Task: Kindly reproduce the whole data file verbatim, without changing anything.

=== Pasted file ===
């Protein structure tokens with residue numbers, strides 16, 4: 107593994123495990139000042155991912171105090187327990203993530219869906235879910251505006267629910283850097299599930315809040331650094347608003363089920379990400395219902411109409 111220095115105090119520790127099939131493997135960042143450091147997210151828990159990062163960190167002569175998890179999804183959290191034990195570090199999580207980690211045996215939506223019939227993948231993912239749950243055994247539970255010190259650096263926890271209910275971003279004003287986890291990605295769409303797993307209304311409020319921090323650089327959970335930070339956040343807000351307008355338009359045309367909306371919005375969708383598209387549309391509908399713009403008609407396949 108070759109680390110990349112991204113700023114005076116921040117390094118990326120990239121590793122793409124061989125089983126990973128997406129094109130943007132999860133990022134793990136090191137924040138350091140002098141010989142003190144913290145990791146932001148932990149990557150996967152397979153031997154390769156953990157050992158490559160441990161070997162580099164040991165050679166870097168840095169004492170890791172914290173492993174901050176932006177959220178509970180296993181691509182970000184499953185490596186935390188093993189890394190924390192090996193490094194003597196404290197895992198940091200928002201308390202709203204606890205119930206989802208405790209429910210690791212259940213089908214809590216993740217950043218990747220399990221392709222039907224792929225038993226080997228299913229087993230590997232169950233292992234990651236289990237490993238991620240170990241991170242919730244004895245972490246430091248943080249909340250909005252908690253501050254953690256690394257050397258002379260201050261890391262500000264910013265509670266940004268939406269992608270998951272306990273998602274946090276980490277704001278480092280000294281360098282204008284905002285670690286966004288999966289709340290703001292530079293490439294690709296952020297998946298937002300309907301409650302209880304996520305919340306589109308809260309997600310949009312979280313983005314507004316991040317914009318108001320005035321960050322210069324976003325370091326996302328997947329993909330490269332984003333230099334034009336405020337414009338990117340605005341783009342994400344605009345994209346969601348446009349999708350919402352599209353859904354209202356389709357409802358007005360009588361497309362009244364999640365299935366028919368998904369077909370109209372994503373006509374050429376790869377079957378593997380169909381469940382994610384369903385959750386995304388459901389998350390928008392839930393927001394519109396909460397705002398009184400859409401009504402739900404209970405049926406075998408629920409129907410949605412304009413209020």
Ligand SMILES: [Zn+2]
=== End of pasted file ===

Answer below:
């Protein structure tokens with residue numbers, strides 16, 4: 107593994123495990139000042155991912171105090187327990203993530219869906235879910251505006267629910283850097299599930315809040331650094347608003363089920379990400395219902411109409 111220095115105090119520790127099939131493997135960042143450091147997210151828990159990062163960190167002569175998890179999804183959290191034990195570090199999580207980690211045996215939506223019939227993948231993912239749950243055994247539970255010190259650096263926890271209910275971003279004003287986890291990605295769409303797993307209304311409020319921090323650089327959970335930070339956040343807000351307008355338009359045309367909306371919005375969708383598209387549309391509908399713009403008609407396949 108070759109680390110990349112991204113700023114005076116921040117390094118990326120990239121590793122793409124061989125089983126990973128997406129094109130943007132999860133990022134793990136090191137924040138350091140002098141010989142003190144913290145990791146932001148932990149990557150996967152397979153031997154390769156953990157050992158490559160441990161070997162580099164040991165050679166870097168840095169004492170890791172914290173492993174901050176932006177959220178509970180296993181691509182970000184499953185490596186935390188093993189890394190924390192090996193490094194003597196404290197895992198940091200928002201308390202709203204606890205119930206989802208405790209429910210690791212259940213089908214809590216993740217950043218990747220399990221392709222039907224792929225038993226080997228299913229087993230590997232169950233292992234990651236289990237490993238991620240170990241991170242919730244004895245972490246430091248943080249909340250909005252908690253501050254953690256690394257050397258002379260201050261890391262500000264910013265509670266940004268939406269992608270998951272306990273998602274946090276980490277704001278480092280000294281360098282204008284905002285670690286966004288999966289709340290703001292530079293490439294690709296952020297998946298937002300309907301409650302209880304996520305919340306589109308809260309997600310949009312979280313983005314507004316991040317914009318108001320005035321960050322210069324976003325370091326996302328997947329993909330490269332984003333230099334034009336405020337414009338990117340605005341783009342994400344605009345994209346969601348446009349999708350919402352599209353859904354209202356389709357409802358007005360009588361497309362009244364999640365299935366028919368998904369077909370109209372994503373006509374050429376790869377079957378593997380169909381469940382994610384369903385959750386995304388459901389998350390928008392839930393927001394519109396909460397705002398009184400859409401009504402739900404209970405049926406075998408629920409129907410949605412304009413209020």
Ligand SMILES: [Zn+2]